Services at Banner – University Medical Center Phoenix  

Drug Interactions

Banner Family Pharmacy pharmacists  

Your Banner Family Pharmacy pharmacist can help answer questions you may have about using your medications in combination with others.

What Are Drug Interactions?
One kind of problem that may occur is called a drug interaction. There are three types of drug interactions.

  1. Drug-drug interactions occur when a drug interacts, or interferes, with another drug. This changes the way one or both of the drugs act  or causes unexpected side effects. The drugs involved can be prescription or over-the-counter medications and can include vitamins and herbal products. 
    • Sometimes when two drugs interact, the overall effect may be greater than desired.  For example, both aspirin and blood thinners like warfarin (Coumadin®) help to prevent blood clots. Using these medications together may cause excessive bleeding.
    • Other times, the overall effect may be less than desired. For example, certain antacids can prevent many medicines (such as antibiotics, blood thinners, and heart medications) from being absorbed into the bloodstream. If this interaction occurs, the medicine may not work as well or it may not work at all. 
  2. Drug-food interactions occur when a prescription or over-the-counter medication interacts, or interferes, with something you eat or drink.
    • For example, drinking grapefruit juice while taking certain medications may increase blood levels of these medicines. 
  3. Drug-disease interactions happen when a prescription or over-the-counter medication interacts, or interferes, with a disease or condition that you have.
    • For example, decongestants, which are found in many cold remedies, may cause your blood pressure to go up. This can be dangerous for people with high blood pressure.

Preventing Drug Interactions
Your risk of having a drug interaction largely depends on how many  medications you are taking. Fortunately, most of these interactions can be prevented.

  1. Read the labels of all over-the-counter medicines. Look for the section called “Drug Interaction Precaution.” If you do not see it, do not assume that no interactions will occur. Read all the information carefully or ask your pharmacist to be sure.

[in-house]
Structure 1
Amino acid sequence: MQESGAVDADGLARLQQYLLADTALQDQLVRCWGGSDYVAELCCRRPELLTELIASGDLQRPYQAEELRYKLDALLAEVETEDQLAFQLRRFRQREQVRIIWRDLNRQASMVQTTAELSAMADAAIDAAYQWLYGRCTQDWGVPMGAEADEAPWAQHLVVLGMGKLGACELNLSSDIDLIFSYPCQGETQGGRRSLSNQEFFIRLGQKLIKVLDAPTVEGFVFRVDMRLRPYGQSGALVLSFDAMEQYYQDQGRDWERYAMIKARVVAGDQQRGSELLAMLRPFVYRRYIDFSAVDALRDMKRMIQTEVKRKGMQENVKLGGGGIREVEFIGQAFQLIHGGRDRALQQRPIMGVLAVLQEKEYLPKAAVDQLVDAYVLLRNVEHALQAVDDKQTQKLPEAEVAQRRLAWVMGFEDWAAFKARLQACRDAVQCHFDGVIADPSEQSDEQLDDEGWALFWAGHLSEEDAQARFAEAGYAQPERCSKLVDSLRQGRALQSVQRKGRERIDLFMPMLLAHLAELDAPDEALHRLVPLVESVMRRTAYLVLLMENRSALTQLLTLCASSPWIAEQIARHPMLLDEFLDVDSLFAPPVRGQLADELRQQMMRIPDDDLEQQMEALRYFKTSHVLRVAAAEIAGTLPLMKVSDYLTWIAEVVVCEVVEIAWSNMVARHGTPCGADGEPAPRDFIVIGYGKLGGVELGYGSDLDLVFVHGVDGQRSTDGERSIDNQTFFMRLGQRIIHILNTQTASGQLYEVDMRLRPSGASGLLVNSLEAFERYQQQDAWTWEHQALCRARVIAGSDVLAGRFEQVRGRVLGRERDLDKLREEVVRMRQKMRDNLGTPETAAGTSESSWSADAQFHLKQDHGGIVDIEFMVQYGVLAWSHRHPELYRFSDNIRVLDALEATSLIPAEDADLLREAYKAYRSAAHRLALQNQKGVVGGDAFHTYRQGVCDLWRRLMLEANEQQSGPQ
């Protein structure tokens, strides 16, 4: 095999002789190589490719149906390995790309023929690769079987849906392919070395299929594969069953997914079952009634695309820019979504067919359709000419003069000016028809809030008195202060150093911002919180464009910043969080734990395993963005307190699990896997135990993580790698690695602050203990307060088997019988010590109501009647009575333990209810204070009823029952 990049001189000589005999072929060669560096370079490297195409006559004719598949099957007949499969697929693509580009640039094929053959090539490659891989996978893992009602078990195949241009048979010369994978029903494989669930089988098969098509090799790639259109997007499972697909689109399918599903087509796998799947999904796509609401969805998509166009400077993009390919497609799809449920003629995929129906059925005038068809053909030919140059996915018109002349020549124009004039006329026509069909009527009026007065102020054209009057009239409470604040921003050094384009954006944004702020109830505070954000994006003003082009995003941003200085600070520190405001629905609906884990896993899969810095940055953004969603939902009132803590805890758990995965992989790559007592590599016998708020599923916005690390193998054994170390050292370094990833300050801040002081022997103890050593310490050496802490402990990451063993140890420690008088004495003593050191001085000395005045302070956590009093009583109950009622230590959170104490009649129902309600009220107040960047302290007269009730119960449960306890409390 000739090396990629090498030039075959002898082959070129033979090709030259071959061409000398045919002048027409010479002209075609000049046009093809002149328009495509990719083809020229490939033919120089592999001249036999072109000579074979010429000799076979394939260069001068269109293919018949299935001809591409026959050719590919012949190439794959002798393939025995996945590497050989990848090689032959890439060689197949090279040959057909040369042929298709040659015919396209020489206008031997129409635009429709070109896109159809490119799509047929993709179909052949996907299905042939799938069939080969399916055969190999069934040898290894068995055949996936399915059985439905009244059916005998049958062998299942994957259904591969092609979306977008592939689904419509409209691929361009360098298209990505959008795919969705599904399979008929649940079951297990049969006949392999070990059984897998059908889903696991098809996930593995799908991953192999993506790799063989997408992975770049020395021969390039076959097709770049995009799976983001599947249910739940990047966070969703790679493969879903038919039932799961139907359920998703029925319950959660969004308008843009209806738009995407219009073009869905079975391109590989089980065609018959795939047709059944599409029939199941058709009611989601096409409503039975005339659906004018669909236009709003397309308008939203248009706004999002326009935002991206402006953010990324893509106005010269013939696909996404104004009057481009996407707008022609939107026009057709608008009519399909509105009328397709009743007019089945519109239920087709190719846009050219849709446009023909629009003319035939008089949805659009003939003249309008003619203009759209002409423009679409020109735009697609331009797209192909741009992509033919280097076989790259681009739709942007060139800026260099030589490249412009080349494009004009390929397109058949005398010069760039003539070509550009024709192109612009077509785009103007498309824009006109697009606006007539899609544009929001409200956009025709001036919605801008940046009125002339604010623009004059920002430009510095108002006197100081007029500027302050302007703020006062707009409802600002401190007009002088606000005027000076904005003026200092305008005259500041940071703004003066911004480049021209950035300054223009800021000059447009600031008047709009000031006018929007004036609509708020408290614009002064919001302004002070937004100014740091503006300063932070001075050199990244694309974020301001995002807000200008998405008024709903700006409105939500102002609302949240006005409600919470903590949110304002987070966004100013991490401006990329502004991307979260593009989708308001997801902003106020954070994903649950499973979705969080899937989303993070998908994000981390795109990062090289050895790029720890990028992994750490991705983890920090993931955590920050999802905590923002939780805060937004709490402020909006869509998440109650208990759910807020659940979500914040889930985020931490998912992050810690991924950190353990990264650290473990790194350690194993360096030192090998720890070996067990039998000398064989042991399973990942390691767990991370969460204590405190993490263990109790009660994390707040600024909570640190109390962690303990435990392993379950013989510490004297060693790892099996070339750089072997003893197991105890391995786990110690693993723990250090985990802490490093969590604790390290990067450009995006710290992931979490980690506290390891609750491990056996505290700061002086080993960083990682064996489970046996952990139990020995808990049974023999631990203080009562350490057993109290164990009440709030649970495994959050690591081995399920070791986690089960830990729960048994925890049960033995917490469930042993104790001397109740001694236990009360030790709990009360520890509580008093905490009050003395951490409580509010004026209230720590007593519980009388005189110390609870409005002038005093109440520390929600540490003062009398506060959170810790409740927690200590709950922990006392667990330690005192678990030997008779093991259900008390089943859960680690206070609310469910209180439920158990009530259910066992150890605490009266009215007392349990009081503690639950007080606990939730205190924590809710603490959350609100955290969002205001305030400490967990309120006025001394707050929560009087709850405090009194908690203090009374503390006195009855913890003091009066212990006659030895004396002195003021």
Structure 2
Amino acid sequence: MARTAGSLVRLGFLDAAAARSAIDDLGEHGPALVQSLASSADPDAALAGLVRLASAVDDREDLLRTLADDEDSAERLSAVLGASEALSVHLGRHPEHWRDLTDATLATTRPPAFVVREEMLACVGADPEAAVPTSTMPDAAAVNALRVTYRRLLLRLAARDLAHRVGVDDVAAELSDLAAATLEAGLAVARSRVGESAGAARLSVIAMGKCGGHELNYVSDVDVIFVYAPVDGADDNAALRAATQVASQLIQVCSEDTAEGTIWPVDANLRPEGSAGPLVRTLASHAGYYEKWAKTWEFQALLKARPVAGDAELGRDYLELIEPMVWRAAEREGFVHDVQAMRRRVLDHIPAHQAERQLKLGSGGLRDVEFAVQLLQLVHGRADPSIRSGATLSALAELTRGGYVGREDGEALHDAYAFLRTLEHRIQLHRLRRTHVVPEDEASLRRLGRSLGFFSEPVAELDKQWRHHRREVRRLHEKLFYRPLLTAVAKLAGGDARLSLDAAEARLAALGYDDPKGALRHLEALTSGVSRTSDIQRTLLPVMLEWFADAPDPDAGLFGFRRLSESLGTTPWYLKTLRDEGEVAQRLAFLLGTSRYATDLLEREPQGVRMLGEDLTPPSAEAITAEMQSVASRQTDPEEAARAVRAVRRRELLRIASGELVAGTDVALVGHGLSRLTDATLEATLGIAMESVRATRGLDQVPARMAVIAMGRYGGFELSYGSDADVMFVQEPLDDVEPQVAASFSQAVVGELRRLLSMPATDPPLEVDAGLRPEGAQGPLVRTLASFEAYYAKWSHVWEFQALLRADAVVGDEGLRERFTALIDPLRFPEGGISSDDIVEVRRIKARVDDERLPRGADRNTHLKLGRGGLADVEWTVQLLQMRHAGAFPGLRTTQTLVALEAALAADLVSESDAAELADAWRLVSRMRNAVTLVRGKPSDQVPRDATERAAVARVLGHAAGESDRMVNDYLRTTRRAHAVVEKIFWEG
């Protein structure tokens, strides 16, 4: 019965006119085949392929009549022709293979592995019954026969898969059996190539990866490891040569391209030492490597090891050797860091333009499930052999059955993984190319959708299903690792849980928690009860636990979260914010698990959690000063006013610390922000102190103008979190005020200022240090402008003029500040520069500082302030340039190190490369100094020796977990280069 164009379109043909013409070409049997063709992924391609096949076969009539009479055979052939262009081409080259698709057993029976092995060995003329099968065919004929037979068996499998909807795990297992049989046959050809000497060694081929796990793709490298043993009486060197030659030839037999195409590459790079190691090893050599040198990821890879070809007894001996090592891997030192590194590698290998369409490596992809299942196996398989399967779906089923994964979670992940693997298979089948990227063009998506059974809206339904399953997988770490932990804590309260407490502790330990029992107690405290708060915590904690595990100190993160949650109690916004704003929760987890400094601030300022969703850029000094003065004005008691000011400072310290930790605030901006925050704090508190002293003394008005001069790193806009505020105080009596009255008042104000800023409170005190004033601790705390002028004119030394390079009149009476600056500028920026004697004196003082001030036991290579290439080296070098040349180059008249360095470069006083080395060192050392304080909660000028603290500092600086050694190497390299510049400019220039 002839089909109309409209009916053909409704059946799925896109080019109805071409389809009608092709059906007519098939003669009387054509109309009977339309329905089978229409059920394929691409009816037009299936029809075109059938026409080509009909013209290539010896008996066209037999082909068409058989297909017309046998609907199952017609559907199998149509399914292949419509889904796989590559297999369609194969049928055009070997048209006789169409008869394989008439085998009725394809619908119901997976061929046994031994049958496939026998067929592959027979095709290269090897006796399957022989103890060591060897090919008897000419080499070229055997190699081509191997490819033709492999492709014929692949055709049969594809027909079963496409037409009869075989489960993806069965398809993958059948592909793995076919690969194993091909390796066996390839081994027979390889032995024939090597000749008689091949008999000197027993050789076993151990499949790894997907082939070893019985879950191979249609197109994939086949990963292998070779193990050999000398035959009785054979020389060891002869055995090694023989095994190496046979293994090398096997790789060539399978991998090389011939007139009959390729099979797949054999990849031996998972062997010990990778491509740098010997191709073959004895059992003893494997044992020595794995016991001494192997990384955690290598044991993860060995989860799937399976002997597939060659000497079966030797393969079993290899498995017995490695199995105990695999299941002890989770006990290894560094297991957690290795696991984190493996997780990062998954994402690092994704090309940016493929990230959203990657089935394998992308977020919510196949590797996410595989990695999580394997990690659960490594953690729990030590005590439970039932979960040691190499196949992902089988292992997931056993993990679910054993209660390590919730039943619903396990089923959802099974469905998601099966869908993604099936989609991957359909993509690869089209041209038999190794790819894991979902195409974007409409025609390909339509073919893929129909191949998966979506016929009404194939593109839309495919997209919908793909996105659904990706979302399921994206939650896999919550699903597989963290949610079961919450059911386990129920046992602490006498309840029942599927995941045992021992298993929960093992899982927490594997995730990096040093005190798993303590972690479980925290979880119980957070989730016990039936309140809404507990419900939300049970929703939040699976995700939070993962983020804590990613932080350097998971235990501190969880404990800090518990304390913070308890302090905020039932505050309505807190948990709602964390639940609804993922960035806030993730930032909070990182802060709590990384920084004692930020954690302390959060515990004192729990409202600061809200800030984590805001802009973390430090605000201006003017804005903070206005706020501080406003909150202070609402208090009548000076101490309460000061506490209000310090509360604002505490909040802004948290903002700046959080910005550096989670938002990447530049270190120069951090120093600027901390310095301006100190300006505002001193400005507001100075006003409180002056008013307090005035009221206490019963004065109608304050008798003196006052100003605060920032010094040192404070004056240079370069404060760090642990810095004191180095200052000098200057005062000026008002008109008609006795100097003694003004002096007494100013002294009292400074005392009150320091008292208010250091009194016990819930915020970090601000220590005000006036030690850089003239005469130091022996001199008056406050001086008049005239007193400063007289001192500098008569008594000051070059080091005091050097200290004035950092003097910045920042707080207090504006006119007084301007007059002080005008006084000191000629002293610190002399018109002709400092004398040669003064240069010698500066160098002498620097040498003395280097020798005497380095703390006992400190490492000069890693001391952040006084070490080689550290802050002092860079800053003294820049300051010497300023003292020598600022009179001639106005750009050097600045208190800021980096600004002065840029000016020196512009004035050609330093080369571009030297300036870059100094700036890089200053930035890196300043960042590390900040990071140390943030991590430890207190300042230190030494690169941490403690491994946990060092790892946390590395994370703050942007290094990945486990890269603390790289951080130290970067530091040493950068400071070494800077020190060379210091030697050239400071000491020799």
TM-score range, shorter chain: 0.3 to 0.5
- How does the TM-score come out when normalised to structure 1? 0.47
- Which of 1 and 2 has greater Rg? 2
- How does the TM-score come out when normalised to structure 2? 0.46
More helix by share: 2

2. Tell all of the doctors and pharmacists you visit about all of the prescription medications and over-the-counter medications you use. Use a medication form and include your daily medications and those you use only once in a while. If you take vitamins or herbal products, be sure to write them down too. Share your medication form with your doctor(s) and pharmacist(s) each time you see them. 
  3. Before taking any new medication, talk to your doctor or pharmacist. Ask whether it is safe to take the new medicine with other prescription medications, over-the-counter medicines, vitamins, or herbal products that you are taking. Ask if there are any foods, drinks, or medications you should avoid while taking the new medicine. Never use prescription medicines that belong to another person, even if that person seems to have the same health problem you have.
  4. Ask your doctor or pharmacist for advice on over-the-counter medicines. Your doctor or pharmacist will help you choose the medicine that best meets all of your health needs. If you can, buy your over-the-counter medicines at the same pharmacy where you have your prescriptions filled. That way, the pharmacist can check your records to see if the over-the-counter medications could interact with the prescription medications you take.
Banner – University Medical Center Phoenix
1111 E. McDowell Road
Phoenix, AZ 85006
(602) 839-2000
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